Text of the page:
Fill-style comping can be a very effective tool when dealing with a crowded accompaniment space:
- when comping in a traditional big band setting
- when comping alongside a guitarist’s brazilian rhythmic comping
- when comping alongside a guitarist’s “4 to a bar” comping
In part 1 of this 3-part series, we are going to examine Oscar Peterson’s fill-style comping on “It’s Only A Paper Moon” from his record “With Respect to Nat”. In this track, guitarist Herb Ellis is taking the dominant accompaniment role by playing “4 to a bar” style comping.
4-in-a-bar style comping is when an accompanist, often times a guitarist, will comp 4 quarter notes per bar in a 4/4 time signature. This rhythmically inactive form of accompaniment frees up the pianist for either rhythmic jabs or fill-style comping.
Follow along with the transcription PDF below as we listen to how Oscar Peterson uses melodic fills as an accompaniment device for maximum impact:
Things to Consider:
- Don’t Be Afraid to Be Sparse!
- The first thing that you should notice when looking at the transcription is how much rest there is in Oscar’s comping!
- But it’s not only how much space Oscar is leaving; another essential component to successfully pulling of fill-style comping is short phrases. Notice how all of Oscar’s melodic fills are no more than 2-4 beats!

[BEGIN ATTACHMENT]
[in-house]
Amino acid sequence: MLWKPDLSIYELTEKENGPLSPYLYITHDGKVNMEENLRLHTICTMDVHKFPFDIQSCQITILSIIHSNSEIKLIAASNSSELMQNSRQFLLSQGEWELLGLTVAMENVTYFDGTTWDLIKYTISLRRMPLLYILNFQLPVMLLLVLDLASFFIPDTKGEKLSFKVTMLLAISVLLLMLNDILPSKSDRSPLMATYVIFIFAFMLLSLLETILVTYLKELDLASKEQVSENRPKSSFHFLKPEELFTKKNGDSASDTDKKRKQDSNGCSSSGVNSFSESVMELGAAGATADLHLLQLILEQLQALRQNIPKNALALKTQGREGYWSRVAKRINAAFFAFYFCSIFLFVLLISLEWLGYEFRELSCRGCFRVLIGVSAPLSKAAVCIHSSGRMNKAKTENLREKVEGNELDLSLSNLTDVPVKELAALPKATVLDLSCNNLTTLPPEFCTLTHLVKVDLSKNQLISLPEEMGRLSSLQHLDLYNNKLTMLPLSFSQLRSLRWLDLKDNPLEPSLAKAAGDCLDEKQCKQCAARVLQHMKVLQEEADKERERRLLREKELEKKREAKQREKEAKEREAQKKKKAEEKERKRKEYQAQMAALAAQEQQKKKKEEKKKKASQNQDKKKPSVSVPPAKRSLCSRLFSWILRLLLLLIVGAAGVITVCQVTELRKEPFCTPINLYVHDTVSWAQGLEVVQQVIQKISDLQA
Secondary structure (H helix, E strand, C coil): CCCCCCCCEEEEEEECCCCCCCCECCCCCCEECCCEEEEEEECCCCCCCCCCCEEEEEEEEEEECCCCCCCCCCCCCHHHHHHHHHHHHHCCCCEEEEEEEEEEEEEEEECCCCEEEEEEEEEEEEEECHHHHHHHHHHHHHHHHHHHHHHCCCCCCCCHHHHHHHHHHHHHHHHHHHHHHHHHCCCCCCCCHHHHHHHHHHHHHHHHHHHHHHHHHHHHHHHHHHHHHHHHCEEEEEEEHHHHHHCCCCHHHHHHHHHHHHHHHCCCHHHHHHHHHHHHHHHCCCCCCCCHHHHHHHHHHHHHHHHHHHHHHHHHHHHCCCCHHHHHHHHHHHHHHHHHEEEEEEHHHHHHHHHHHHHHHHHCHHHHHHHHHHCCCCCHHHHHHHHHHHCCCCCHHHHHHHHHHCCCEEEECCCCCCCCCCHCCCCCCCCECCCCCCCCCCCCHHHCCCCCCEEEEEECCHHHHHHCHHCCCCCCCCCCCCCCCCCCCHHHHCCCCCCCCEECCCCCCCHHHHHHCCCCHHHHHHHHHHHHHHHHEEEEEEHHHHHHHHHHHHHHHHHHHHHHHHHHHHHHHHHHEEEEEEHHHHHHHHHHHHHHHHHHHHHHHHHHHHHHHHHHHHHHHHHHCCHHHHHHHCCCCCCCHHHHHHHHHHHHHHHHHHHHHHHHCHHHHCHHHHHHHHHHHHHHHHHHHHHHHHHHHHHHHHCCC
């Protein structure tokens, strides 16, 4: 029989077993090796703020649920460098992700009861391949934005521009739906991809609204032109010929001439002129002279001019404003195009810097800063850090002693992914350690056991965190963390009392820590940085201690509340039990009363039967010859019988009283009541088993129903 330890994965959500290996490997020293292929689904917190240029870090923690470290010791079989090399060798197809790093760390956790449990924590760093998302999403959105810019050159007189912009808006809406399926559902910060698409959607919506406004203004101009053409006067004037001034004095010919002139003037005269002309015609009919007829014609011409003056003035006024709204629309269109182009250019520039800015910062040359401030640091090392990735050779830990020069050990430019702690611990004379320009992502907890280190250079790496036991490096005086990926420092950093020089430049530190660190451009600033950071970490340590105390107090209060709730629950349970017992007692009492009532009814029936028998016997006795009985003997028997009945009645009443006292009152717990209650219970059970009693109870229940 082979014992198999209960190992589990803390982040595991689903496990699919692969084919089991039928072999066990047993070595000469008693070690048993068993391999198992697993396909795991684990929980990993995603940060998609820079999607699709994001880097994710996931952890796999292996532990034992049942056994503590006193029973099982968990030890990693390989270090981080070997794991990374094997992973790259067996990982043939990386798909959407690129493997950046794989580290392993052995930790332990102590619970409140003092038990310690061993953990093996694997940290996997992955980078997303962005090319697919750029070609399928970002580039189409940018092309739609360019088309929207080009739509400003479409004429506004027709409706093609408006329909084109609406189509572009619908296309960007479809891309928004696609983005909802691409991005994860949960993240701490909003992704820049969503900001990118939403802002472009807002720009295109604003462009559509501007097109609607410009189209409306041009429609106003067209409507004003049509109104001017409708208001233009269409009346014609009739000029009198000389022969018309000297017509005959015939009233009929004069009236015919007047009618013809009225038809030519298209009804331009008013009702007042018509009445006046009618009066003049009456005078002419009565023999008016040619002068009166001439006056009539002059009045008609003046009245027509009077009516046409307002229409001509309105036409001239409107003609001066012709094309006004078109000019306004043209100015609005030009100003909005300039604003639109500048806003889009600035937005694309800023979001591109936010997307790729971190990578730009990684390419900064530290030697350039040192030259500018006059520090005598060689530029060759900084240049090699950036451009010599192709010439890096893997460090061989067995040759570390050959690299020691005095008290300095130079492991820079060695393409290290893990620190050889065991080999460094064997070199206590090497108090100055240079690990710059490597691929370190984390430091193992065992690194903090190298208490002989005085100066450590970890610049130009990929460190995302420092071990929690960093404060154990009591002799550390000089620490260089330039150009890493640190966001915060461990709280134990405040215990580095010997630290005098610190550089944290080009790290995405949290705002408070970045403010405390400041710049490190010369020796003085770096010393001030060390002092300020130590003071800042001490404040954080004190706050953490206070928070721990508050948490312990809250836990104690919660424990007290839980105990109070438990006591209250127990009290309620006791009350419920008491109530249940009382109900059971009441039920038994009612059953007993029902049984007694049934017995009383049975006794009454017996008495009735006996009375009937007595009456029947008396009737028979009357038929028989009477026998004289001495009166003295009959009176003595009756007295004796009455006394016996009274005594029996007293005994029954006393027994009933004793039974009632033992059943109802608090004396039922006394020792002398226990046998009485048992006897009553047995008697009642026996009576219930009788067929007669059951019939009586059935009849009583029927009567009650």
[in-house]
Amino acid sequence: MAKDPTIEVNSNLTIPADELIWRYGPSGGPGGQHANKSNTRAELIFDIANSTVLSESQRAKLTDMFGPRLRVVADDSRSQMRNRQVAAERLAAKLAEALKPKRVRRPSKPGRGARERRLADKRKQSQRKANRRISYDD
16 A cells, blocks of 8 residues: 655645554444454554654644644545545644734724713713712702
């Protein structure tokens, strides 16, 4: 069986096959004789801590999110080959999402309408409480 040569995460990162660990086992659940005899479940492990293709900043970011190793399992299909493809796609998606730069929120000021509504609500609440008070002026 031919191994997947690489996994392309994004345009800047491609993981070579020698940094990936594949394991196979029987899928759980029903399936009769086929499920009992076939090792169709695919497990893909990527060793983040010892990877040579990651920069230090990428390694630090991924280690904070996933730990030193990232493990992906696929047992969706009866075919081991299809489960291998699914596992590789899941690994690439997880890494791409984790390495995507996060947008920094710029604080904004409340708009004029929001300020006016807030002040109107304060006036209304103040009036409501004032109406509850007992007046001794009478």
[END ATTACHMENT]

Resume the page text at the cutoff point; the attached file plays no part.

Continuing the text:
- Look for spaces in the melody
- If you find yourself wondering when to insert a melodic fill, the key is to look for spaces in the melody. Notice how the placement of Oscar’s fills is always at the end of the melodic phrase.
- Simplicity in Ideas
- Call and Response
- In the first A, Oscar presents a call in his first fill (measure 2) to which he responds to in his second fill (measure 4) by changing the direction of the end of the phrase.
- Call and Response
- Similarly, Oscar repeats a similar call and response figure in the second A.
- In the second A, Oscar repeats his fill concept from the first A: Call and response for the first 4 bars and a blues based idea at the end of the 8 bar phrase.
- Not only is the fill concept similar, but the rhythmic placement of the fills and some of the melodic ideas are exactly the same!
- Blues Based Ideas
- D major pentatonic scale & Use of the b3
- Use of Grace Notes
Fill-style comping presents a unique challenge to pianists: to be tasteful, open and spacious in the role of accompanist. It requires a different mindset, one that is melodically driven rather than solely chord-oriented. In part 2 and 3 of this series we will examine fill-style comping in the context of comping in a traditional big band, as well as how Antonio Carlos Jobim utilizes melodic fills while comping alongside Joao Gilberto.
Bijan Taghavi is a pianist, composer, and educator currently based in New York, NY. For more information visit: BijanJazz.com.